You can hardly say this is Mrs Thatcher's fault. Her one drug was malt whisky, and even that wasn't applied as liberally as is suggested in Margaret, BBC2's rather affectionate drama about her, broadcast on 26 February.

-Au revoir, never goodbye: The values Thatcherism embodied will never go away, argues Dominic Sandbrook, precisely because they are part of mainstream Tory tradition (Dominic Sandbrook, 26 February 2009, New Statesman)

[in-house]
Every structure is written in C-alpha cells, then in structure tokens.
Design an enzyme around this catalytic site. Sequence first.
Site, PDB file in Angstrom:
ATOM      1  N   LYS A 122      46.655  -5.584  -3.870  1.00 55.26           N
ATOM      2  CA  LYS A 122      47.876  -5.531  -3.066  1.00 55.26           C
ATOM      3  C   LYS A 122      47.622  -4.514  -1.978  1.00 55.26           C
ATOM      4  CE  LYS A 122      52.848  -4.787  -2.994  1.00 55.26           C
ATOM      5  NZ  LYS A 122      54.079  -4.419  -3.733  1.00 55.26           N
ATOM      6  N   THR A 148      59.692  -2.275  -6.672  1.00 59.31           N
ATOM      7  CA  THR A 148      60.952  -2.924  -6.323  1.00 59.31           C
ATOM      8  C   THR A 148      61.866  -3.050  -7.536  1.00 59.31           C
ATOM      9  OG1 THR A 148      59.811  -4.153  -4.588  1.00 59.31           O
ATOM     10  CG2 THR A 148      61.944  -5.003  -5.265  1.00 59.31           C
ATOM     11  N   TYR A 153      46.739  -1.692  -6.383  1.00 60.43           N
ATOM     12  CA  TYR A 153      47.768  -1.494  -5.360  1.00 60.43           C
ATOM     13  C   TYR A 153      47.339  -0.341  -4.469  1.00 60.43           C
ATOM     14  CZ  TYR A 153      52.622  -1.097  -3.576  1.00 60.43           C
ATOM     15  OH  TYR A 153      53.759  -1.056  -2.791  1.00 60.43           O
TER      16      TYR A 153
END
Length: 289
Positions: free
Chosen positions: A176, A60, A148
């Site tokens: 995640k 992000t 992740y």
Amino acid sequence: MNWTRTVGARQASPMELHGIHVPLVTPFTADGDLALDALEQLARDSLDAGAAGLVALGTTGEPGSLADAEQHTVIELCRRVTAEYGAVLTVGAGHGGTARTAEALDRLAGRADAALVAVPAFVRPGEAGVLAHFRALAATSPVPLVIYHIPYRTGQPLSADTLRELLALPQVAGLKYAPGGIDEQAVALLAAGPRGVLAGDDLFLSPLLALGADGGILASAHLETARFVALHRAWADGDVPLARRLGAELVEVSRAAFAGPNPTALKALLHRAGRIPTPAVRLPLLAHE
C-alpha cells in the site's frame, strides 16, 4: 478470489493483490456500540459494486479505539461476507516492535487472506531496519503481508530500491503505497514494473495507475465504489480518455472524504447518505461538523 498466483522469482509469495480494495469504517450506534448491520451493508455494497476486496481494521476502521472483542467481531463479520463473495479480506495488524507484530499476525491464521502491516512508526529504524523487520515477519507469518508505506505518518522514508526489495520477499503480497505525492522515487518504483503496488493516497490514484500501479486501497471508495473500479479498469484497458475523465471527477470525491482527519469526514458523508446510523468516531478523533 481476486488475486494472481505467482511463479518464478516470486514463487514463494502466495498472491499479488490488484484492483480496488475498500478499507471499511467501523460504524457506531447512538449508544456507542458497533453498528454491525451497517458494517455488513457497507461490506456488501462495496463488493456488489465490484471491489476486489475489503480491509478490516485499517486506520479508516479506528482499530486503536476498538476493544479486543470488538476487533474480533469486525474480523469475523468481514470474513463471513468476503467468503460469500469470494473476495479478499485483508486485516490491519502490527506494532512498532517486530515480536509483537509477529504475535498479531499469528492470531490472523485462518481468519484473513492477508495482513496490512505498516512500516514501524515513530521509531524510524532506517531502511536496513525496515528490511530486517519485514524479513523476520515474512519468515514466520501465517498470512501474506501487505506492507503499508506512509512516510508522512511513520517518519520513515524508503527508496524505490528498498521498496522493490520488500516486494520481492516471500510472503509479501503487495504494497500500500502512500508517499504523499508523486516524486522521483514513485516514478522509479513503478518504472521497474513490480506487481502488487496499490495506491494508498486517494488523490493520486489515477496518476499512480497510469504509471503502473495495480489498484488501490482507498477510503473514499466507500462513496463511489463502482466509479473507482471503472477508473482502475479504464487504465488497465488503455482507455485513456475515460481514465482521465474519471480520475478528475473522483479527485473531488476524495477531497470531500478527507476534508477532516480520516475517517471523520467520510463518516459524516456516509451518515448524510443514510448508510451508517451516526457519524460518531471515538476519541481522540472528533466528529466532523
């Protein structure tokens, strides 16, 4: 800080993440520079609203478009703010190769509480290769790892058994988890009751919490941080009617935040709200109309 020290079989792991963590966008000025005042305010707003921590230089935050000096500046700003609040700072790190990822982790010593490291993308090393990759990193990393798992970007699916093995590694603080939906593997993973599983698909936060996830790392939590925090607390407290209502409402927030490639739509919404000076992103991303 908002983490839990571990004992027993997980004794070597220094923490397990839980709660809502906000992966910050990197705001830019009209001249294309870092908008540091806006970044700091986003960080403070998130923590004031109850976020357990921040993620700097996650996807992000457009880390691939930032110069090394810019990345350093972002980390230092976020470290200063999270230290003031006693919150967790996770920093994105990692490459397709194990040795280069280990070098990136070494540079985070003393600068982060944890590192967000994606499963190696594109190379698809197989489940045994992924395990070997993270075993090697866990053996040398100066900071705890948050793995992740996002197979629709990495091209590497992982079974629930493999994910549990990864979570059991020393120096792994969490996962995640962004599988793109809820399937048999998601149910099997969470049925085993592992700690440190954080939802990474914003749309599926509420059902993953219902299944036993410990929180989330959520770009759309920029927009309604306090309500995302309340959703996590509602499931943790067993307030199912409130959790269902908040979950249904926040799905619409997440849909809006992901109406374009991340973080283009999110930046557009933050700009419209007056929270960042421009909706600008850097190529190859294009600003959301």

To those who hate her, Thatcher must seem like the title character in Stephen King's novel Carrie. She never knows when she is beaten; she never stops coming. And for three decades, the creed that bears her name, Thatcherism, has been the dominant paradigm of British politics. "We are living in a post-Thatcherite world, a Margaret Thatcher theme park," is the verdict of her best biographer, John Campbell. For the columnist Simon Jenkins, Britain since 1979 has been a family firm, Thatcher & Sons. She "saw the need for change", declared the latest proprietor, Gordon Brown, shortly after taking charge. "I am a conviction politician, like her." [...]